We tested MAGMA against several benchmarks, and employed it for several real SNP selection problems. First, we discuss performance against benchmarks. For the first benchmark, we selected a region from the human MHC locus, selected so that the SNP library was small enough that all possible solutions could be evaluated with an exhaustive enumeration. Therefore, the exact Pareto-optimal set was known.

The first twenty SNPs from a much larger library of SNPs derived from the MHC were chosen as a representative library. We attempted exhaustive enumeration on larger libraries but were foiled by the excessive time required for computation. For this benchmark, serial enumeration required seven hours and ten minutes; MAGMA finished its computations in one minute and twenty-eight seconds (Figure 5).
Figure 5

Enumeration Benchmark. We exhaustively enumerated all solutions for SNP selection from a library of twenty SNPs. We then tested MAGMA's ability to identify the optimal front on this same set of SNPs. Prior to 130 generations, MAGMA discovered the entire Pareto-optimal front. Enumeration required seven hours on a desktop machine; MAGMA computed the 130 generations in ninety seconds. The two objective functions, f1 (inversely proportional to the number of SNPs in the solution) and f2 ("coverage"), are expressed in arbitrary units.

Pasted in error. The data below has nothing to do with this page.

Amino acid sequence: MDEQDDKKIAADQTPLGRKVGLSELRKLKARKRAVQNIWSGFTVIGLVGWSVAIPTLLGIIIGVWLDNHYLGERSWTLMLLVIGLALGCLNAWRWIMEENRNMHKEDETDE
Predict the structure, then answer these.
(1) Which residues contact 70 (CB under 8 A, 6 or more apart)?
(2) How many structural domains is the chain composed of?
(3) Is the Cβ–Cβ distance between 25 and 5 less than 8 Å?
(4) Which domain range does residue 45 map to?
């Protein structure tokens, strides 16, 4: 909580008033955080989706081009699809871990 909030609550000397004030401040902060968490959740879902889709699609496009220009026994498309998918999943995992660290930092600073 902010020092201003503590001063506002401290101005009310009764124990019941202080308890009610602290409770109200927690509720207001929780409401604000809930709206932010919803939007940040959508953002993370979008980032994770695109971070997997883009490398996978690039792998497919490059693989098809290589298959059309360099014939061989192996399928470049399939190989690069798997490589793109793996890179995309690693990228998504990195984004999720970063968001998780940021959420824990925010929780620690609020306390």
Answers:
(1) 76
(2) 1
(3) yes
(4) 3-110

The disadvantage of this benchmark is that it illustrates the performance of MAGMA on easy problems, which are also adequately solved by other algorithms. A more appropriate benchmark is one for much larger SNP libraries. Unfortunately, exhaustive solutions from larger libraries are not always tractable. Therefore, we carefully constructed a large library with a vast number of SNPs but with an analytically demonstrable optimal region of the Pareto-optimal front. MAGMA has no particular reason to seek out this portion of the front any faster than if it were not intentionally designed into the library. Therefore, we judge this constructed library to have been capable of providing an excellent benchmark for multiobjective optimization.